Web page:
NY AG sues Winklevoss twins’ crypto firm Gemini in alleged $1.1B fraud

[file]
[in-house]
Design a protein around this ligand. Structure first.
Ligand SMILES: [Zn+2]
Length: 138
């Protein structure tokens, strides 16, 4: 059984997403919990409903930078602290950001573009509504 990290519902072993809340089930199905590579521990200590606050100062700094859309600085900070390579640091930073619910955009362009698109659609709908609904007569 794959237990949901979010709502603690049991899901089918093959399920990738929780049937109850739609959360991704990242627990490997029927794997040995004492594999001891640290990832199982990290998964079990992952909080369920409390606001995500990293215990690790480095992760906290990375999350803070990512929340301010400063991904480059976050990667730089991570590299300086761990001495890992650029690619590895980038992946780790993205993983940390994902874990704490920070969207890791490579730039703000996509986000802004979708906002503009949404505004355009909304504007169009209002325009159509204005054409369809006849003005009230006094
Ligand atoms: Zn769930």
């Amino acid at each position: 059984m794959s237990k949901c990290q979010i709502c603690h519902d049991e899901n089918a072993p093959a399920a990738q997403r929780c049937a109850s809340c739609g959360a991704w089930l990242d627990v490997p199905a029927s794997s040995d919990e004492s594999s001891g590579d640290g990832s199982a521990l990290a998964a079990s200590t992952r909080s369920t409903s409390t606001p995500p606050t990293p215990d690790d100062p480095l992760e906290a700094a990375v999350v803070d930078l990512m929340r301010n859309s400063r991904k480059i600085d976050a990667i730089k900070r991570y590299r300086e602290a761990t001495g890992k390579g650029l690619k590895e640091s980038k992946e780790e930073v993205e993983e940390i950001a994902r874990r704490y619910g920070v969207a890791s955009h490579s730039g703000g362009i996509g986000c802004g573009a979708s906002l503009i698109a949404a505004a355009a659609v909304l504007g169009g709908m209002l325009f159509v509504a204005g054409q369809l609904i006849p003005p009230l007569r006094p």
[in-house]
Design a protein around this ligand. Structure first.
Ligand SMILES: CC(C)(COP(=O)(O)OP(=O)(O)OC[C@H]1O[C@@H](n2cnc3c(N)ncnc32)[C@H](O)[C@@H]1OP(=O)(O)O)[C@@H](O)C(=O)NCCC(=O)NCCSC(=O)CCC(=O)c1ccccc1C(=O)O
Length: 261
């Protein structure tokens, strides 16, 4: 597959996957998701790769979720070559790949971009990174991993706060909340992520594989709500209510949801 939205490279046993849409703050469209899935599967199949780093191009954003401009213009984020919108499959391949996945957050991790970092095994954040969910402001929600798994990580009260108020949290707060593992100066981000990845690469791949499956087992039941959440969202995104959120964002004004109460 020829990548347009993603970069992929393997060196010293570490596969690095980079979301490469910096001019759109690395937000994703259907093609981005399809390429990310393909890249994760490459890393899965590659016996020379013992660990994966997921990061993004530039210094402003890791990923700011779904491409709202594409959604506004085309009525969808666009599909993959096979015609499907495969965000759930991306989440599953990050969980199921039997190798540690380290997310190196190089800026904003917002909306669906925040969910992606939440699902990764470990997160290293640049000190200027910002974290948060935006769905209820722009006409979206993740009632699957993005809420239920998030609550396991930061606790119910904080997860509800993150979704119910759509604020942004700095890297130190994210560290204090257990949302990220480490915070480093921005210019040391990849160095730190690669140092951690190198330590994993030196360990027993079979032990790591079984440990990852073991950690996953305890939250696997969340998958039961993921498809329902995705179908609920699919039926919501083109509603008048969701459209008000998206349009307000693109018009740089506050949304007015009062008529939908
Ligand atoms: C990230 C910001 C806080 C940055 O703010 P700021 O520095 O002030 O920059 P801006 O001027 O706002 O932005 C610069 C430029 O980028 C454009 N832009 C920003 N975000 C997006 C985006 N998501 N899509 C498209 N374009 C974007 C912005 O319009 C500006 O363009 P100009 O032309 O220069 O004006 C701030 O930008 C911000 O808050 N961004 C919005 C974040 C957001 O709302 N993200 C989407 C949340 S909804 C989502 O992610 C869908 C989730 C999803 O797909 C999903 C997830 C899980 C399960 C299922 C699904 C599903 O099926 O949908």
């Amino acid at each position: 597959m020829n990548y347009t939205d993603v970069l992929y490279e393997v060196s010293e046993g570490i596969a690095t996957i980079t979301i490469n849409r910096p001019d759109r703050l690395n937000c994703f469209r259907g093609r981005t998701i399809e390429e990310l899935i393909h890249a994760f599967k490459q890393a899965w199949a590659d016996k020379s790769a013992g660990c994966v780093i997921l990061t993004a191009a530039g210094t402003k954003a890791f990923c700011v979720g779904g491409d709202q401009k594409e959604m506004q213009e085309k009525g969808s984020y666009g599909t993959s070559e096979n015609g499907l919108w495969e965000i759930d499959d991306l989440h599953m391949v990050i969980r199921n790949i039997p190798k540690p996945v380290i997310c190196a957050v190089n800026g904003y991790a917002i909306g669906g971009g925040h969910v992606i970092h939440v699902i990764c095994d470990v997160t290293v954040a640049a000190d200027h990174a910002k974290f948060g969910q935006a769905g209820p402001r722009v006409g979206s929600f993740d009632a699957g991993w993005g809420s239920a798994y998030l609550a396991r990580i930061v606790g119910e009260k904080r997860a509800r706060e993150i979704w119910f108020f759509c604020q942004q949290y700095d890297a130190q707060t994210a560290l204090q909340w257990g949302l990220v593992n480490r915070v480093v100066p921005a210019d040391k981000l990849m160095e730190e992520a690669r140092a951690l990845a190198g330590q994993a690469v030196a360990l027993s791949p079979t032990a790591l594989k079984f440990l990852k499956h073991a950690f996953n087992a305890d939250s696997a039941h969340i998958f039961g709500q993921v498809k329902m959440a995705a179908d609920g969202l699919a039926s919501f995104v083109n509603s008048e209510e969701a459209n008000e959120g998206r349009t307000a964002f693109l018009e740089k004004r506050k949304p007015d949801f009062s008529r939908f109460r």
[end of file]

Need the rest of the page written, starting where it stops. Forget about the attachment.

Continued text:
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A pair of crypto firms including a struggling exchange owned by the Winklevoss twins allegedly bilked investors out of $1.1 billion as the digital currency market tanked last year, according to a bombshell lawsuit filed Thursday by New York’s attorney general. The twins’ New York-based crypto exchange Gemini, along with billionaire Barry Silbert’s firm Digital Currency Group and its subsidiary, the now-bankrupt crypto bank Genesis Capital, stand accused of defrauding more than 230,000 customers, including at least 29,000 New Yorkers. The complaint was unveiled weeks after The Post reported Cameron and Tyler Winklevoss secretly pulled $282 million in cryptocurrency from Genesis on Aug. 9, 2022. A few months later on Nov. 16, Genesis had frozen withdrawals on some $900 million in customer assets after the bank was caught up in the meltdown of Sam Bankman-Fried’s FTX empire. “This fraud is yet another example of bad actors causing harm throughout the under-regulated cryptocurrency industry,” New York AG Letitia James said in a statement. “My office will continue our efforts to stop deceptive cryptocurrency companies and push for stronger regulations to protect all investors.” The firms face scrutiny over the now-defunct Gemini Earn program, an interest-bearing account product that teased customers with up to 8% interest on their crypto deposits. Genesis served as the sole banking partner of Gemini Earn. Gemini never responded to The Post’s request for comment on the withdrawal, but later acknowledged it had occurred. The company claimed it withdrew “Earn users’ money” to create a “liquidity reserve” for them under the program’s terms of service as part of a “wise and prudent” risk management strategy. The explanation infuriated some Earn customers and claimant attorneys who spoke to The Post and questioned why Gemini never halted the program or informed clients that anything was amiss despite its apparent misgivings. The withdrawal also raised questions about what the twins knew about Genesis’ financial stability and when in the months before its collapse – a central theme in the New York attorney general’s lawsuit, which alleged that Gemini repeatedly assured investors the Earn program was a safe investment even though its own internal analyses of Genesis showed it was a high-risk lender. Victims of the Gemini Earn meltdown included a 73-year-old grandmother in New York who “invested her and her husband’s lifesavings of over $199,000 in Gemini Earn because they believed Gemini’s marketing statements that it was a safe and secure choice,” according to the state’s lawsuit. The money was intended to pay for her grandchild’s education. “Are you going to be able to give us our money any time soon? I am crying all day. I am 73 years old and without that money I am doomed,” the unnamed grandmother said in a Nov. 29 message to Gemini, according to the complaint. The lawsuit also claims that Gemini risk management personnel pulled their personal investments out of the Earn program before its collapse. Gemini’s chief operating officer, who is not named in the suit, allegedly withdrew his entire investment of more than $100,000 from Earn on June 16 and 17 of last year. The company’s COO at the time, Noah Perlman, departed from the role in January. In a statement, Gemini tried to spin the latest lawsuit in its favor – claiming it “confirms what we’ve been saying all along — that Gemini, Earn users, and other creditors were the victims of a massive fraud and systematically ‘lied to’ by these parties about ‘Genesis’s financial condition.’” “With that said, we wholly disagree with the NY AG’s decision to also sue Gemini,” the company said. “Blaming a victim for being defrauded and lied to makes no sense and we look forward to defending ourselves against this inconsistent position.” Gemini’s statement drew a harsh response from some X users. “You are acting like CHILDREN,” one X account called “Crypto Watchdog” wrote. “Newsflash: this is YOUR FAULT, TOO!” Gemini failed to disclose its concerns to the public – including that nearly 60% of Genesis’s loans were at one point tied to Alameda Research, the freewheeling crypto hedge fund whose risky bets led to FTX’s meltdown, the complaint alleges. Gemini allegedly downgraded its own estimate of Genesis credit rating to a junk grade in February 2022, but continued marketing the program as a low-risk investment up until its collapse that November. In July 2022, a Gemini board member allegedly compared the state of Genesis Capital to that of infamous investing banking firm Lehman Brothers before its collapse during the Great Recession, the suit said. Separately, Genesis and DCG are accused of attempting to conceal $1.1 billion in losses from customers in the months before the Earn program failed. Silbert, DCG and Genesis are also alleged to have misled both Gemini and the public about Genesis’ financial health. James is seeking restitution payments for investors and disgorgement of any ill-gotten gains. Additionally, Gemini, Genesis and DCG face a ban from participating in the financial investment industry in New York. Silbert said in a statement that he was “shocked by the baseless allegations in the Attorney General’s complaint and intend to fight these claims in court.” DCG said it “fully intend(s) to fight the claims and look forward to being vindicated in this case.” “DCG has always conducted its business lawfully and with integrity,” a DCG spokesperson said. “We have actively cooperated for months with the Attorney General’s investigation in an open and transparent manner. We were blindsided by the filing of the complaint, and there is no evidence of any wrongdoing by DCG, Barry Silbert, or its employees.” The lawsuit is only the latest legal headache facing the Winklevoss twins. In January, the SEC sued Gemini and Genesis for allegedly offering “unregistered securities to the public, bypassing disclosure requirements designed to protect investors.” The Winklevoss twins and Silbert are also locked in a nasty public legal battle with each other. The brothers — who became crypto kingpins after gaining notoriety for their legal war over Facebook with former Harvard classmate Mark Zuckerberg — sued Silbert and DCG in July, alleging that they were given a “false, misleading, and incomplete representation” of Genesis’s financial health. DCG later filed a motion to dismiss the suit, which is still pending. The New York AG’s lawsuit was announced even as Bankman-Fried faces trial on federal charges for allegedly misappropriating billions of dollars in FTX customers funds to cover risky bets at Alameda. Bankman-Fried’s ex-girlfriend Caroline Ellison, the former CEO of Alameda, was a star witness for the prosecution. Bankman-Fried has pleaded not guilty.